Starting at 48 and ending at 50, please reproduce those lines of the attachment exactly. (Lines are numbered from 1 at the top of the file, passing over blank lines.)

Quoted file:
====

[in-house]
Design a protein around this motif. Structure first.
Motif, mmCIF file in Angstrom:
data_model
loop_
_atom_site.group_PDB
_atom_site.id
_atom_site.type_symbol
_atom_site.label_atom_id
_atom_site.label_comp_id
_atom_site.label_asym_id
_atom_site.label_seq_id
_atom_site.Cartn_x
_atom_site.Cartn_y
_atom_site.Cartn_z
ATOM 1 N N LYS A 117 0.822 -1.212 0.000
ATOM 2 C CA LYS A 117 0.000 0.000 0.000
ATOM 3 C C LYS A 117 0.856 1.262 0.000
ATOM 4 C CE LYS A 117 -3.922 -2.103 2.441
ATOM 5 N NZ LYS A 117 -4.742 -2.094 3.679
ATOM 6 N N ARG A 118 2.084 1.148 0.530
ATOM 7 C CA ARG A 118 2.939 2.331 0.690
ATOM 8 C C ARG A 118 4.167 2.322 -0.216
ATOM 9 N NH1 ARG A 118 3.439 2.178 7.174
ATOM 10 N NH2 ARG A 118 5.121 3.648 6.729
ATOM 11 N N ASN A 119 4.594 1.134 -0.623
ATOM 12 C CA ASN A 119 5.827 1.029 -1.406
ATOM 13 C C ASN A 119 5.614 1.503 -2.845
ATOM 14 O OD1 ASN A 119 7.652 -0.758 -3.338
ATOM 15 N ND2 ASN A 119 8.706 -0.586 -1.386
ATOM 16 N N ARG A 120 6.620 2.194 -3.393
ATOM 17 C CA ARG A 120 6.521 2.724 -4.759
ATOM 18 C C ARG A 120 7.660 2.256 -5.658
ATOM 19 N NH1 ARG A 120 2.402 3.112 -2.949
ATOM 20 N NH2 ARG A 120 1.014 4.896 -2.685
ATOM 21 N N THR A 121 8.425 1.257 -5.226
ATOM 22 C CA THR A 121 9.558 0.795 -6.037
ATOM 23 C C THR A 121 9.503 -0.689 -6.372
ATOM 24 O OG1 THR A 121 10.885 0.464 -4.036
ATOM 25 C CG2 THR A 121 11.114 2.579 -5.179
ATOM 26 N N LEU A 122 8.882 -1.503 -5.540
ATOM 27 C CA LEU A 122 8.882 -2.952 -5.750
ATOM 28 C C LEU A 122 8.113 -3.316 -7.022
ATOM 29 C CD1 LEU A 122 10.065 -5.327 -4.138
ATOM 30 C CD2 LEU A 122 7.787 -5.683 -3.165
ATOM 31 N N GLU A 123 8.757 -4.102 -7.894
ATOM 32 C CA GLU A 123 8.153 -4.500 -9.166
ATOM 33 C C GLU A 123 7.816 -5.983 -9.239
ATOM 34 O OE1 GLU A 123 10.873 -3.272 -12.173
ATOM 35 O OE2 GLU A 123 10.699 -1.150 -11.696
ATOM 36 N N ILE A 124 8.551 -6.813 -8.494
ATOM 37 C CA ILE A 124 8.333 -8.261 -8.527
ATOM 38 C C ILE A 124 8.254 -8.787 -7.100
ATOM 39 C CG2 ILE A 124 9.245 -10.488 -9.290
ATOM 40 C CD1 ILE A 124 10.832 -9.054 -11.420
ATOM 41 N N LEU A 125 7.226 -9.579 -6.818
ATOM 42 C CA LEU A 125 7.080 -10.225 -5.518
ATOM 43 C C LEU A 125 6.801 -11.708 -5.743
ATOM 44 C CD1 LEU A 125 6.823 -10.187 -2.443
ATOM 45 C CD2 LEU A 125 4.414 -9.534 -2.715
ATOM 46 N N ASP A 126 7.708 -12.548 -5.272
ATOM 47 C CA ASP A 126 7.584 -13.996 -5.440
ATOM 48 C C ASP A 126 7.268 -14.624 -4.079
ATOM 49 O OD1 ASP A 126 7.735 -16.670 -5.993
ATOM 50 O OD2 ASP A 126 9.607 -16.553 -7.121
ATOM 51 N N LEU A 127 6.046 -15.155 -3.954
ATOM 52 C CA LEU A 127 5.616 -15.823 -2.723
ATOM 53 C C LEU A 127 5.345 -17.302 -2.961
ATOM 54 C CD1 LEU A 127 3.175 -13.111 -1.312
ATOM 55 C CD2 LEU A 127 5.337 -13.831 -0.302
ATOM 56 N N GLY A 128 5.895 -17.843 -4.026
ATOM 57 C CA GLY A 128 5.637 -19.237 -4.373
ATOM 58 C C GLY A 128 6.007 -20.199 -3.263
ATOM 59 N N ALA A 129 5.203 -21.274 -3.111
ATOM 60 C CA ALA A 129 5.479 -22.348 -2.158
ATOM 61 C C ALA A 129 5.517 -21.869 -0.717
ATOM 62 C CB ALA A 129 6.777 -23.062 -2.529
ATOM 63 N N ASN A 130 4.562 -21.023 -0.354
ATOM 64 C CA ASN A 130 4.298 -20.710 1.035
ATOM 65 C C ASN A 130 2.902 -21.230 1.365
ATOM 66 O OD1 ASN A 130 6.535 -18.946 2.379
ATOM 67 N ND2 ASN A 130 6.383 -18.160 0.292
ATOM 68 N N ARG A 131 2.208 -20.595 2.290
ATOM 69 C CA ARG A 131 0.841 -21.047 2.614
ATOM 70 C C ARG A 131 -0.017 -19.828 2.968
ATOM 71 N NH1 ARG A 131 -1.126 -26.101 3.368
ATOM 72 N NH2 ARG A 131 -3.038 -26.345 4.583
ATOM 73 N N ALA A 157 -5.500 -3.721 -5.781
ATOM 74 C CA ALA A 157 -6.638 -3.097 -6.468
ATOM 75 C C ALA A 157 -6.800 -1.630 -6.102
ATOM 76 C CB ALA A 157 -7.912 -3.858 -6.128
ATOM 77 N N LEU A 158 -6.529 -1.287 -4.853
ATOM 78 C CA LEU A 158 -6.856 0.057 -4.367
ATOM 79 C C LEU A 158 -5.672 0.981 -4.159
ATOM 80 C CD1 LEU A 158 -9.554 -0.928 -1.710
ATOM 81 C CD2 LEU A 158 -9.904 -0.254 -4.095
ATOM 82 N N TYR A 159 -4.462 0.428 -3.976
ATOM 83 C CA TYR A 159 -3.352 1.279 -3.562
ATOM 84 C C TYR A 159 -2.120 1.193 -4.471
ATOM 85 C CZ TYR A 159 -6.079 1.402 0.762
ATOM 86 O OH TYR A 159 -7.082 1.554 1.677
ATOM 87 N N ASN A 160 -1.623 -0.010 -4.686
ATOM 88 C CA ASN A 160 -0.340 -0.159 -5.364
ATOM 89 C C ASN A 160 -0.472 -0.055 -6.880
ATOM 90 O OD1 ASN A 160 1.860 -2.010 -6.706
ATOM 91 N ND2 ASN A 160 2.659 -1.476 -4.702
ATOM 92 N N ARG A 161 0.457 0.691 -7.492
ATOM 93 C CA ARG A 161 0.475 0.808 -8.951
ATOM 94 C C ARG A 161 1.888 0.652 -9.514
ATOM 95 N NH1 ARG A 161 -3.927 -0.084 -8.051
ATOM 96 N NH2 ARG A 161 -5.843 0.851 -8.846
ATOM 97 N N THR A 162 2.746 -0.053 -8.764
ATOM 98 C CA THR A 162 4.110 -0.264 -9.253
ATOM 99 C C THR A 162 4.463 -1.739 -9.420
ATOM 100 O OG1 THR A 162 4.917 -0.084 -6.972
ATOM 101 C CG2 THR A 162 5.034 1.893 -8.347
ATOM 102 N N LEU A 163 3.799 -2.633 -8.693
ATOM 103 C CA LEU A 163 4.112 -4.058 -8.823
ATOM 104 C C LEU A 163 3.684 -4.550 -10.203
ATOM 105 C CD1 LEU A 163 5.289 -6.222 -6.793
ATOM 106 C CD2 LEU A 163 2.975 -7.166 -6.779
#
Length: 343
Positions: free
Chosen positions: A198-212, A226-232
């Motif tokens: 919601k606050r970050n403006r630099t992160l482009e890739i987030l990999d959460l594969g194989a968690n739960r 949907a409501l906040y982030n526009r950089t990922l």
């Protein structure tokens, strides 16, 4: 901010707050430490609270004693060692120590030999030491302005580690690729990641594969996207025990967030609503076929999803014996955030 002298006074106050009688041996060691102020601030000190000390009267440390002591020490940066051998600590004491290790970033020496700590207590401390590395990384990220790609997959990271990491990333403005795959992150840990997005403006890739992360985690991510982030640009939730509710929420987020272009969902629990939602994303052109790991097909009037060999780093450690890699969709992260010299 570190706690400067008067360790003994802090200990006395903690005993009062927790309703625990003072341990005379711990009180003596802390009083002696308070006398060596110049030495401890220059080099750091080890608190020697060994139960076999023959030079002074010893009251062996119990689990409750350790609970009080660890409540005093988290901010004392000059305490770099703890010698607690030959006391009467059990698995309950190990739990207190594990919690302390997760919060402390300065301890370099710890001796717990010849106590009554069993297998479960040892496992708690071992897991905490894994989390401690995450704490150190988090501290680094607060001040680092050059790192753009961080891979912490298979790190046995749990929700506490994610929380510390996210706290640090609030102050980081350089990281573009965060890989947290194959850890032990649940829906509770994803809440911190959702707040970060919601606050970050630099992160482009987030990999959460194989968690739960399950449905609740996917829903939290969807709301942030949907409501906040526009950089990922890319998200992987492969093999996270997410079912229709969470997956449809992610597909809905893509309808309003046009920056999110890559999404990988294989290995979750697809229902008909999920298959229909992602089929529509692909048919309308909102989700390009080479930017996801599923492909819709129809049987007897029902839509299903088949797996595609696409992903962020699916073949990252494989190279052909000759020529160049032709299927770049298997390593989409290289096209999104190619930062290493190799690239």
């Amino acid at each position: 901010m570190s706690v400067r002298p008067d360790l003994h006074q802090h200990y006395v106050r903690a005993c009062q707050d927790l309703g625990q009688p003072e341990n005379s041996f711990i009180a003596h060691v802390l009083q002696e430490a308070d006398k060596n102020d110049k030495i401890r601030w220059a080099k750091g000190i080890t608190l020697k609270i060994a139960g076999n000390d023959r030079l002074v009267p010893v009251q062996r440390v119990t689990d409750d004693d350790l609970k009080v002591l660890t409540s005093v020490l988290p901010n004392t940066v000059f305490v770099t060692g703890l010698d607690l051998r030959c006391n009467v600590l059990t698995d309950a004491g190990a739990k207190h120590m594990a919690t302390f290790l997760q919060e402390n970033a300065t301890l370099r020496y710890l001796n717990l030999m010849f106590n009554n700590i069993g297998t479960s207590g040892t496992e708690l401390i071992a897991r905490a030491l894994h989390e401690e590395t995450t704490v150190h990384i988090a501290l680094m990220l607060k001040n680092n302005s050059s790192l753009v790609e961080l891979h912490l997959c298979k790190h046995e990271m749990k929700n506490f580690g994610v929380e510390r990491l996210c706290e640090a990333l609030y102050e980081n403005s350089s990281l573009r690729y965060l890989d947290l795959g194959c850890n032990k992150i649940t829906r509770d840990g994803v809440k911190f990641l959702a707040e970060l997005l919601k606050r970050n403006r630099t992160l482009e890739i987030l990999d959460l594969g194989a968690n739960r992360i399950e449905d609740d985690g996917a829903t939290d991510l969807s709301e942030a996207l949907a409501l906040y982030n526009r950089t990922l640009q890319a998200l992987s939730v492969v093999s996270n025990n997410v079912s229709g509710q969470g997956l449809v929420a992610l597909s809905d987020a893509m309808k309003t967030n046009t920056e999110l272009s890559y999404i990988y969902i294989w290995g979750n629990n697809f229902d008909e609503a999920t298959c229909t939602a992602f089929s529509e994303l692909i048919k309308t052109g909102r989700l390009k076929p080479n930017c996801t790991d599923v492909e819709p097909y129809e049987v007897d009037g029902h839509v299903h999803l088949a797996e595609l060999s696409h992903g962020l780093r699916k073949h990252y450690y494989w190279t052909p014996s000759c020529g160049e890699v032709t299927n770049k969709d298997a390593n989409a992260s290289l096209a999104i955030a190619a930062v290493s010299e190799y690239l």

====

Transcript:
ATOM 33 C C GLU A 123 7.816 -5.983 -9.239
ATOM 34 O OE1 GLU A 123 10.873 -3.272 -12.173
ATOM 35 O OE2 GLU A 123 10.699 -1.150 -11.696